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The Labour Governement

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* Labour government 1929-1931 * Ramsay Macdonald became Prime Minister again after the 1929 general election and Sidney Webb, recently created Lord Passfield, was Colonial Secretary in that administration. Sidney wrote about the difficulties faced by the second Labour government: * "The constant international complications involved alike in reparations and in armaments, the world-wide industrial depression, the catastrophic collapse of prices, the ever present misery of chronic unemployment, the universal colossal taxation which has failed to avert a recurrence of deficits. The Labour Cabinet of 1929-31 stumbled through its share of these general troubles, aggravated in its own case by the special difficulties inherent in never having a majority in the House of Commons. The Labour Party itself grew more and more restive at its own Parliamentary impotence, section after section breaking out in angry rebellion. Thus the session of 1931 opened with the Parliamentary Labour Party seriously discontented with itself." * By the summer of 1931 an economic crisis had split the Labour cabinet. To gain the support of the banks Macdonald wanted to cut unemployment benefit, but a large section of the cabinet opposed him. On the 23 August the government resigned. Much to the surprise of his colleagues, the following day Macdonald announced he would lead a National Government * Unemployment in 1930's The Great Depression began in 1929 when the entire world suffered an enormous drop in output and an unprecedented rise in unemployment. ...read more.


People's resources were depleted by then and so were many of their friends'. So the human misery caused by the Depression really started in the mid-1930s. The political backlash to the miserable economic situation is often blamed for toppling democracies, bringing fascist governments to power in Germany, Italy, and Japan, and ultimately provoking the Second World War. "Hitler's rise to power can be directly linked to the profound economic crisis in Germany at that time". The German economic crisis was compounded by the huge war reparations imposed upon the Germans following World War I (an interesting comment on the efficacy of economic sanctions!). * Baldwin + abdication crisis * National Government, Abdication Crisis and Rearmament National Government - Baldwin (seated, second left) at MacDonald's right hand * Part of the National Government * By 1931, the Labour government was in a financial crisis and the party was split over benefit cuts. Prime Minister Ramsay MacDonald resigned and formed a National Government with Baldwin as Lord President of the Council. * This office suited him well apparently, as Baldwin was not a man for great detail. He was also happy with his secondary role. A friend, Thomas Jones, said at the time: "Being second and not first suits him perfectly and frees him from the final version and therefore the worry." ...read more.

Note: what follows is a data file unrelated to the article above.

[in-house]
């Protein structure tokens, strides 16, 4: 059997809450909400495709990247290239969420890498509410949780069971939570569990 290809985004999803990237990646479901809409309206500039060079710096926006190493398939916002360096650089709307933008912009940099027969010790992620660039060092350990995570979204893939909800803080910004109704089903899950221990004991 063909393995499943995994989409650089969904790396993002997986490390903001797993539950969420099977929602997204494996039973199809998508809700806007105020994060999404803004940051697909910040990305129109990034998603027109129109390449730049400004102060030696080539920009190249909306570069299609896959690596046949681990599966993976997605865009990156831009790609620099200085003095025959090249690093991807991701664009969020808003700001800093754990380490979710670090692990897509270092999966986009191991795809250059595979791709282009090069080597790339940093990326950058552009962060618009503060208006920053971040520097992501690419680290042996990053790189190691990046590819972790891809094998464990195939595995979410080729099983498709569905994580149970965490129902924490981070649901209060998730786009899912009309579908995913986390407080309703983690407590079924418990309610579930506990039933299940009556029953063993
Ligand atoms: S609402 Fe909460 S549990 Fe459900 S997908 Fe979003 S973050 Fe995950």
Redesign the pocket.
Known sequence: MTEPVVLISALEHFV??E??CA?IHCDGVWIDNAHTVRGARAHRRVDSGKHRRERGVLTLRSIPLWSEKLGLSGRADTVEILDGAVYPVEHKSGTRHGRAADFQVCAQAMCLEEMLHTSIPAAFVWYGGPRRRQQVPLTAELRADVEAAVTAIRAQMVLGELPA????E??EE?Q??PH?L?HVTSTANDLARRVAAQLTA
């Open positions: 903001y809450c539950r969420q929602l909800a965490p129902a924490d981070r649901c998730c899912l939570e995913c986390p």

* When Mussolini had invaded Abyssinia (Ethiopia) in 1935, the British Foreign Secretary Samuel Hoare and his French counterpart, Pierre Laval, negotiated a secret deal. * This involved allowing the Italian dictator to keep most of Abyssinia in return for peace. There was an outcry when this got out and Baldwin was forced to dump Hoare. * Baldwin's biggest failure * Baldwin's reputation also suffered over the question of rearmament in the face of Hitler's increasing aggression. * He was primarily interested in domestic politics in any case and was sensitive to the moods of the electorate. * In one famous speech in 1936 Baldwin said he had been worried about events in Europe in 1933 but that the mood of the nation had been overwhelmingly pacifist. He recalled a by-election in autumn 1933 which had been won by a candidate on that single issue. * Baldwin remarked that fighting a general election on that issue would have been disaster for the Conservatives. Churchill later interpreted that comment scathingly as a confession that Baldwin had "put party before country". * That charge is unfair as Baldwin was speaking theoretically and the international situation was not as clear-cut as it appeared with hindsight, but the general point that he - and others such as Chamberlain - failed to do enough to confront the dictators will always tarnish his reputation. ...read more.

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